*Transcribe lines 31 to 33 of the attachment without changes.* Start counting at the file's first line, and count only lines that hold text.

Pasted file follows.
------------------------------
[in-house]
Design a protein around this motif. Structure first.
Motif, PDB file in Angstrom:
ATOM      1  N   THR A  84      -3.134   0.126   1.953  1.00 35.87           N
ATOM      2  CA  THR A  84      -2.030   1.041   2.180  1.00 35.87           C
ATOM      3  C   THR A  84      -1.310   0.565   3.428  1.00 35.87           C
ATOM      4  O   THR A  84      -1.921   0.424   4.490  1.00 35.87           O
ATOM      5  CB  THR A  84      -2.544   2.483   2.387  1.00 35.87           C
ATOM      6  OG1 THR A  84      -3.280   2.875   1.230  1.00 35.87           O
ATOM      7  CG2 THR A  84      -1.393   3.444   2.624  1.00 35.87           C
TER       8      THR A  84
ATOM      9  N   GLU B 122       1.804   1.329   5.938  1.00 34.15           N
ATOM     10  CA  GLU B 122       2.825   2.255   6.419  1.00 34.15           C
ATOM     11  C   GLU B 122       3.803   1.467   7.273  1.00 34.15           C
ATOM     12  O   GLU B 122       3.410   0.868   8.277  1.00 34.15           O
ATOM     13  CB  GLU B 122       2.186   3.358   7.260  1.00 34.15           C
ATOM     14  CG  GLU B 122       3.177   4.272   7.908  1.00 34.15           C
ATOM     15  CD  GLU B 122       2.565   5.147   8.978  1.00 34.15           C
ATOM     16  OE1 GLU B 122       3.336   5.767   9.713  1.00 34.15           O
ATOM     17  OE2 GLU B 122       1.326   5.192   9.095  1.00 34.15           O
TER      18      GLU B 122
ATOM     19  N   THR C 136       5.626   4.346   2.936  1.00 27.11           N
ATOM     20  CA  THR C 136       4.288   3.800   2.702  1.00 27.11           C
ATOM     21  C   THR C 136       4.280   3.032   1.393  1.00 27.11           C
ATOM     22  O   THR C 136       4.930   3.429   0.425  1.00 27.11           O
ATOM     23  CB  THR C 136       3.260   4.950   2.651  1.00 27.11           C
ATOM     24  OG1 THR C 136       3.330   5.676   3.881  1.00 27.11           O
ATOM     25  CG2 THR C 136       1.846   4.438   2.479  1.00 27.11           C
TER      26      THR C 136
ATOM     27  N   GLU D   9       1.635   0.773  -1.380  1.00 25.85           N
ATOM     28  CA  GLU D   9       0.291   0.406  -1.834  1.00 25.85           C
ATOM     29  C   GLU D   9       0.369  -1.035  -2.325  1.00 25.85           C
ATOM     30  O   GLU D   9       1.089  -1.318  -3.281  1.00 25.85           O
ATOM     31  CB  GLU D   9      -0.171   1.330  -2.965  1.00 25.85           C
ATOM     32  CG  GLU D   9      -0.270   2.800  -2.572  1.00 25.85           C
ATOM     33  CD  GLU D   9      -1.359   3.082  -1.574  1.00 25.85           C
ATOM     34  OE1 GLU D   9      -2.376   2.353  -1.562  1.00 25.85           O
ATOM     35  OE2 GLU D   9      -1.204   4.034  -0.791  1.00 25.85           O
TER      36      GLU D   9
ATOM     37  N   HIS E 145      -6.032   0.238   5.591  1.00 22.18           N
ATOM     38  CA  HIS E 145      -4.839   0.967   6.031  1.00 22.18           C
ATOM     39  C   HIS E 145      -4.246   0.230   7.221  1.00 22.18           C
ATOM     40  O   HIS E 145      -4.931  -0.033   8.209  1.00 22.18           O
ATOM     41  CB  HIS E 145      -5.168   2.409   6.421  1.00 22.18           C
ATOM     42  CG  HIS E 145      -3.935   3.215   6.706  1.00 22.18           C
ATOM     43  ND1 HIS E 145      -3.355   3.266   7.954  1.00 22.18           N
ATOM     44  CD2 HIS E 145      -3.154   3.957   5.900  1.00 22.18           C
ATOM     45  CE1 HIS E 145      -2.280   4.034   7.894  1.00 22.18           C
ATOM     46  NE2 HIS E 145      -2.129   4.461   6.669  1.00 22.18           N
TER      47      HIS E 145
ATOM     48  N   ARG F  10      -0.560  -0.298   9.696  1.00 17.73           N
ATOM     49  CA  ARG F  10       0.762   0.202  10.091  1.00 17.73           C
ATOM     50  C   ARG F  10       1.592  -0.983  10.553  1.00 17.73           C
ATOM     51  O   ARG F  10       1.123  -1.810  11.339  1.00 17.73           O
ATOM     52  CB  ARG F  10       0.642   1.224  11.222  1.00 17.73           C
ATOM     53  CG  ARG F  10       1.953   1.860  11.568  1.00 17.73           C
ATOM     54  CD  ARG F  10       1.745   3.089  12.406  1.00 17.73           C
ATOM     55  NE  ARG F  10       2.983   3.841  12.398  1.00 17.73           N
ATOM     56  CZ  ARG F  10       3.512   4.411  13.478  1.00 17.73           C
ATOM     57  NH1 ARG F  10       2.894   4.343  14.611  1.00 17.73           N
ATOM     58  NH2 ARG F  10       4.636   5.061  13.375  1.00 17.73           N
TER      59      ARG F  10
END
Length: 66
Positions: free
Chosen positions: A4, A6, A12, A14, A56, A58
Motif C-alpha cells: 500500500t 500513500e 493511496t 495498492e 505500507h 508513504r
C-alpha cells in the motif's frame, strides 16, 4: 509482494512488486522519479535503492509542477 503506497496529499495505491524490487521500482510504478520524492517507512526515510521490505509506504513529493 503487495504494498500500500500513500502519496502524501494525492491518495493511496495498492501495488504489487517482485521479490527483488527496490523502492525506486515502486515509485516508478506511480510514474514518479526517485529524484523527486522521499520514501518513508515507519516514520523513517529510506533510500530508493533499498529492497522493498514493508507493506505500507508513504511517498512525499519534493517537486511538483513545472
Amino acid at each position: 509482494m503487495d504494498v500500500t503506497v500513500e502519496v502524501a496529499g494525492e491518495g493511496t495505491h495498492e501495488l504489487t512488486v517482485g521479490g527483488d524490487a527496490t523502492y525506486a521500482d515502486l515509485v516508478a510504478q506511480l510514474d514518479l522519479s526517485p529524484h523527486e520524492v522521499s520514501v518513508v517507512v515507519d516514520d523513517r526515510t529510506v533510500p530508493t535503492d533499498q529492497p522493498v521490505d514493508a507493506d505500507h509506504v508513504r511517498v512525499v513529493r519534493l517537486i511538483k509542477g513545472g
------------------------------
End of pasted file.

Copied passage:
ATOM     28  CA  GLU D   9       0.291   0.406  -1.834  1.00 25.85           C
ATOM     29  C   GLU D   9       0.369  -1.035  -2.325  1.00 25.85           C
ATOM     30  O   GLU D   9       1.089  -1.318  -3.281  1.00 25.85           O